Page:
This week in OUTtakes, we’re taking a look at the first major film of Summer 2014. That’s right, The Amazing Spider-Man 2 hits screens nationwide this week. How does it hold up to previous Spider-Man films? Check out our thoughts, and let us know yours. We also have thoughts on a film opening at the Plaza Theatre this week: Blue Ruin, an independent thriller that tells an intriguing story.
The Amazing Spider-Man 2
We’ve always known that Spider-Man’s most important battle has been within himself: the struggle between the ordinary obligations of Peter Parker and the extraordinary responsibilities of Spider-Man. But in The Amazing Spider-Man 2, Peter Parker finds that a greater conflict lies ahead. It’s great to be Spider-Man (Andrew Garfield). For Peter Parker, there’s no feeling quite like swinging between skyscrapers, embracing being the hero, and spending time with Gwen (Emma Stone). But being Spider-Man comes at a price: only Spider-Man can protect his fellow New Yorkers from the formidable villains that threaten the city. With the emergence of Electro (Jamie Foxx), Peter must confront a foe far more powerful than he. And as his old friend, Harry Osborn (Dane DeHaan), returns, Peter comes to realize that all of his enemies have one thing in common: OsCorp.
My Thoughts: I want to like this movie more than I do. Spider-Man is one of my favorite superheroes, and I vastly prefer Andrew Garfield in the role to Tobey Maguire. The same goes for Emma Stone’s Gwen Stacy over Kirsten Dunst’s Mary-Jane Watson. Beyond that, there’s a lot I like about The Amazing Spider-Man 2. I like the particular sense of humor Spider-Man has in this series. I love Peter’s interactions with Aunt May. Harry Osborn gets more of my sympathies here than in the Raimi films. Electro just looks amazing.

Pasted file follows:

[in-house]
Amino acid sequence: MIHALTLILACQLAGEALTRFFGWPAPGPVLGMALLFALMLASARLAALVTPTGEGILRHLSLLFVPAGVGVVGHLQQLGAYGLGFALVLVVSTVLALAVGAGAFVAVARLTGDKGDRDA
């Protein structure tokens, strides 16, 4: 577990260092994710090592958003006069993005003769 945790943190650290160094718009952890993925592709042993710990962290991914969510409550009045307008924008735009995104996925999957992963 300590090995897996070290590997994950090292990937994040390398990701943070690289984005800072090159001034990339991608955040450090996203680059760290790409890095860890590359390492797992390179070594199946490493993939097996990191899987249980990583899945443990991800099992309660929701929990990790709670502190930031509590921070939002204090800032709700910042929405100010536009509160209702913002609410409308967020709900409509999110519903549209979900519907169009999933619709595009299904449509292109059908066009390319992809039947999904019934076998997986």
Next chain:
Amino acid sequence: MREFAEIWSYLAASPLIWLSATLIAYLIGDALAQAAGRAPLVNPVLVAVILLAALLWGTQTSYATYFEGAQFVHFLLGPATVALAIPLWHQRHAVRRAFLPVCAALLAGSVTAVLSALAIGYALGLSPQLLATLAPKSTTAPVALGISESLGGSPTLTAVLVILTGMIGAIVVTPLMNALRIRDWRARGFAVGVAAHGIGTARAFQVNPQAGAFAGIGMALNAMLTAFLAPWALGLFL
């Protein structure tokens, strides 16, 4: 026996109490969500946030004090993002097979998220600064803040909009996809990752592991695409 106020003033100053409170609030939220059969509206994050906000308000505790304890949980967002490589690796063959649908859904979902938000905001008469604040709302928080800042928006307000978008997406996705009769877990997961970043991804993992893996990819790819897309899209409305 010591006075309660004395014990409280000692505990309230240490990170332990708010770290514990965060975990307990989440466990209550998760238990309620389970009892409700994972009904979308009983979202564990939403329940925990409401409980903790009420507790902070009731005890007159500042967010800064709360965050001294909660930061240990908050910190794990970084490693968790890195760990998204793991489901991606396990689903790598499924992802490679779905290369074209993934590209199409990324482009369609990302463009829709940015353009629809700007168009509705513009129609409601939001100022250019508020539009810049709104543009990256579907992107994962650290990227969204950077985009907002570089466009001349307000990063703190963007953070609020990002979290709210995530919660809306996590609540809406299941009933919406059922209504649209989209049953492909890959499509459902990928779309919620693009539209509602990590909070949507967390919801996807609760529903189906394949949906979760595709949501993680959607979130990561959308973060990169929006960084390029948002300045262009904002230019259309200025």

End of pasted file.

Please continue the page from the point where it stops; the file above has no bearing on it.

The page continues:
This movie is somehow both overstuffed and lacking in screen time to flesh out everything it wants to tell. Tonally, it’s all over the map. The different plots going on in the film largely feel like they’re setting up for the next few films Sony has planned (both The Amazing Spider-Man 3 and The Sinister Six). Both Electro and the Green Goblin flip over perceived slights from Spider-Man, which is just too convenient. And while the final act is pretty much perfectly executed, there’s something about the final scene that feels incomplete. Again, that darn setup.
Blue Ruin is a classic American revenge story that recently won the Fipresci International Critics Prize at the Cannes Film Festival where it screened in the Directors’ Fortnight. The film follows a mysterious outsider whose quiet life is turned upside down when he returns to his childhood home to carry out an act of vengeance. Proving himself an amateur assassin, he winds up in a brutal fight to protect his estranged family.
My Thoughts: There’s something fascinating about this film and its lead character, Dwight. “Amateur assassin” is putting it nicely. In spite of the fact that he does kill a few people, Dwight is just plain lucky sometimes. He’s very clearly driven by a sense of right and wrong, but without the foresight to realize what his actions will cause. The same could be said, though, for many of the characters in this film. People do things without thinking through. Fortunately for viewers, that sense of the unexpected is what gives Blue Ruin its intrigue.
Also in Theaters
Decoding Annie Parker
Based on true events, Decoding Annie Parker tells the life affirming story of two remarkable women; the irrepressible Annie Parker, a three time cancer survivor and the geneticist Mary-Claire King whose discovery of the breast cancer BRCA gene mutation is considered one of the most important discoveries of the 20th century.
Only Lovers Left Alive
Set against the romantic desolation of Detroit and Tangier, an underground musician, deeply depressed by the direction of human activities, reunites with his resilient and enigmatic lover. Their love story has already endured several centuries at least, but their debauched idyll is soon disrupted by her wild and uncontrollable younger sister. Can these wise but fragile outsiders continue to survive as the modern world collapses around them?